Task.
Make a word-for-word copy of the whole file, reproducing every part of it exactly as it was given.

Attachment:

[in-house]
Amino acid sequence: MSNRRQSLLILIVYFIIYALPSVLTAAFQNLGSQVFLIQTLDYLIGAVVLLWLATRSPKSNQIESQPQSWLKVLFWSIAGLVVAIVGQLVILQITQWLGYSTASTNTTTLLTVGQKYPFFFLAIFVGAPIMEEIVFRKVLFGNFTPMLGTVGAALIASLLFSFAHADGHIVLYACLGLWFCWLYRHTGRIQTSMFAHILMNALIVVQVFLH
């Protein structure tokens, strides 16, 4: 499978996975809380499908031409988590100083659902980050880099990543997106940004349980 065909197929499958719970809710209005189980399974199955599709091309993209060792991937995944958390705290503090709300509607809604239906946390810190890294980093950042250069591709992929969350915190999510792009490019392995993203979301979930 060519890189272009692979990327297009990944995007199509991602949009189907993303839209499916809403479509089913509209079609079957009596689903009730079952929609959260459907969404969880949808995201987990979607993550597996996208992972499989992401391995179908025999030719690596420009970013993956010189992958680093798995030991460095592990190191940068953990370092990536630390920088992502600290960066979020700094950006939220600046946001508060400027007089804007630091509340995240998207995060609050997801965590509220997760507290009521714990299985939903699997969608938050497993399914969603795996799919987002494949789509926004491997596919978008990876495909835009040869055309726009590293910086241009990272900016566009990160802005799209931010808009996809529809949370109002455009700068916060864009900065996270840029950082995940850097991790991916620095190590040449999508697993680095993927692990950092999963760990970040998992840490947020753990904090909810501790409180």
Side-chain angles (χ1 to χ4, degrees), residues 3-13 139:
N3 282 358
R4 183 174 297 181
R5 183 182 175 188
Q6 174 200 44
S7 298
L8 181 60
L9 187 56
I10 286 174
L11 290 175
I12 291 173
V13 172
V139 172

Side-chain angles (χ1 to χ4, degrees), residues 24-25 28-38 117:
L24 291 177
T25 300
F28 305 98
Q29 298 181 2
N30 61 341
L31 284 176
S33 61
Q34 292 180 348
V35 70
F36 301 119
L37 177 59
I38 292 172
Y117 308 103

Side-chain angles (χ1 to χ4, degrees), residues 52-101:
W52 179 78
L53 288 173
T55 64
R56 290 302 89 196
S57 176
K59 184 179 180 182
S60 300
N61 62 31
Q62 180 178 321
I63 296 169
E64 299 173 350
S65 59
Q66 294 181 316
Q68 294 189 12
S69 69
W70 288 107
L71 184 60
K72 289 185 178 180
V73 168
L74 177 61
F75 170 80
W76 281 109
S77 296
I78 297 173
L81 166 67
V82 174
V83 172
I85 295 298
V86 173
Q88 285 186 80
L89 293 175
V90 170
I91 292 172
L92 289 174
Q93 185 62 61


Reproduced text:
[in-house]
Amino acid sequence: MSNRRQSLLILIVYFIIYALPSVLTAAFQNLGSQVFLIQTLDYLIGAVVLLWLATRSPKSNQIESQPQSWLKVLFWSIAGLVVAIVGQLVILQITQWLGYSTASTNTTTLLTVGQKYPFFFLAIFVGAPIMEEIVFRKVLFGNFTPMLGTVGAALIASLLFSFAHADGHIVLYACLGLWFCWLYRHTGRIQTSMFAHILMNALIVVQVFLH
């Protein structure tokens, strides 16, 4: 499978996975809380499908031409988590100083659902980050880099990543997106940004349980 065909197929499958719970809710209005189980399974199955599709091309993209060792991937995944958390705290503090709300509607809604239906946390810190890294980093950042250069591709992929969350915190999510792009490019392995993203979301979930 060519890189272009692979990327297009990944995007199509991602949009189907993303839209499916809403479509089913509209079609079957009596689903009730079952929609959260459907969404969880949808995201987990979607993550597996996208992972499989992401391995179908025999030719690596420009970013993956010189992958680093798995030991460095592990190191940068953990370092990536630390920088992502600290960066979020700094950006939220600046946001508060400027007089804007630091509340995240998207995060609050997801965590509220997760507290009521714990299985939903699997969608938050497993399914969603795996799919987002494949789509926004491997596919978008990876495909835009040869055309726009590293910086241009990272900016566009990160802005799209931010808009996809529809949370109002455009700068916060864009900065996270840029950082995940850097991790991916620095190590040449999508697993680095993927692990950092999963760990970040998992840490947020753990904090909810501790409180």
Side-chain angles (χ1 to χ4, degrees), residues 3-13 139:
N3 282 358
R4 183 174 297 181
R5 183 182 175 188
Q6 174 200 44
S7 298
L8 181 60
L9 187 56
I10 286 174
L11 290 175
I12 291 173
V13 172
V139 172

Side-chain angles (χ1 to χ4, degrees), residues 24-25 28-38 117:
L24 291 177
T25 300
F28 305 98
Q29 298 181 2
N30 61 341
L31 284 176
S33 61
Q34 292 180 348
V35 70
F36 301 119
L37 177 59
I38 292 172
Y117 308 103

Side-chain angles (χ1 to χ4, degrees), residues 52-101:
W52 179 78
L53 288 173
T55 64
R56 290 302 89 196
S57 176
K59 184 179 180 182
S60 300
N61 62 31
Q62 180 178 321
I63 296 169
E64 299 173 350
S65 59
Q66 294 181 316
Q68 294 189 12
S69 69
W70 288 107
L71 184 60
K72 289 185 178 180
V73 168
L74 177 61
F75 170 80
W76 281 109
S77 296
I78 297 173
L81 166 67
V82 174
V83 172
I85 295 298
V86 173
Q88 285 186 80
L89 293 175
V90 170
I91 292 172
L92 289 174
Q93 185 62 61